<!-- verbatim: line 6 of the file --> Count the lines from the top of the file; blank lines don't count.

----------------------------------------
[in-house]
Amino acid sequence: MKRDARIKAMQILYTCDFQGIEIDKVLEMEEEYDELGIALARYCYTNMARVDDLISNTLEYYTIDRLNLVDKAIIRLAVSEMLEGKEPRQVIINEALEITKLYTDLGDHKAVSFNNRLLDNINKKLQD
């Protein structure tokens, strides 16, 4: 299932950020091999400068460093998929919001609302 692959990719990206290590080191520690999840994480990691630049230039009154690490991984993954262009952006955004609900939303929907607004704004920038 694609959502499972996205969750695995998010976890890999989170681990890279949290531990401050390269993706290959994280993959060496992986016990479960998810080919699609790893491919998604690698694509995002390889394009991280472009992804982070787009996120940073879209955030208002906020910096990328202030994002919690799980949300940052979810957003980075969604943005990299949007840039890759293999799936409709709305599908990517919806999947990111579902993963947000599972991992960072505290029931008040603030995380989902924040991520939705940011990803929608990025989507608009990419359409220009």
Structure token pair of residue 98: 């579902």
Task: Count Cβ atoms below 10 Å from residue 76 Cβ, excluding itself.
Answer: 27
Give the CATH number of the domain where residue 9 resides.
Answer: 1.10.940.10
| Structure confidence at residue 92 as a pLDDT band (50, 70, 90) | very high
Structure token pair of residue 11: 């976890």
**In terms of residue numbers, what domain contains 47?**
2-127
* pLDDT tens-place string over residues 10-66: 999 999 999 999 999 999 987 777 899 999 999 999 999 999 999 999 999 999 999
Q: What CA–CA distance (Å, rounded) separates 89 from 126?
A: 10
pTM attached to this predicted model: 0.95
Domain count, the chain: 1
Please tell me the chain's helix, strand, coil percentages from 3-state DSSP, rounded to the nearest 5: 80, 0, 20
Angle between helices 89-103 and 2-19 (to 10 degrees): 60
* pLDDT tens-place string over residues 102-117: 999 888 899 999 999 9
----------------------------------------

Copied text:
Answer: 27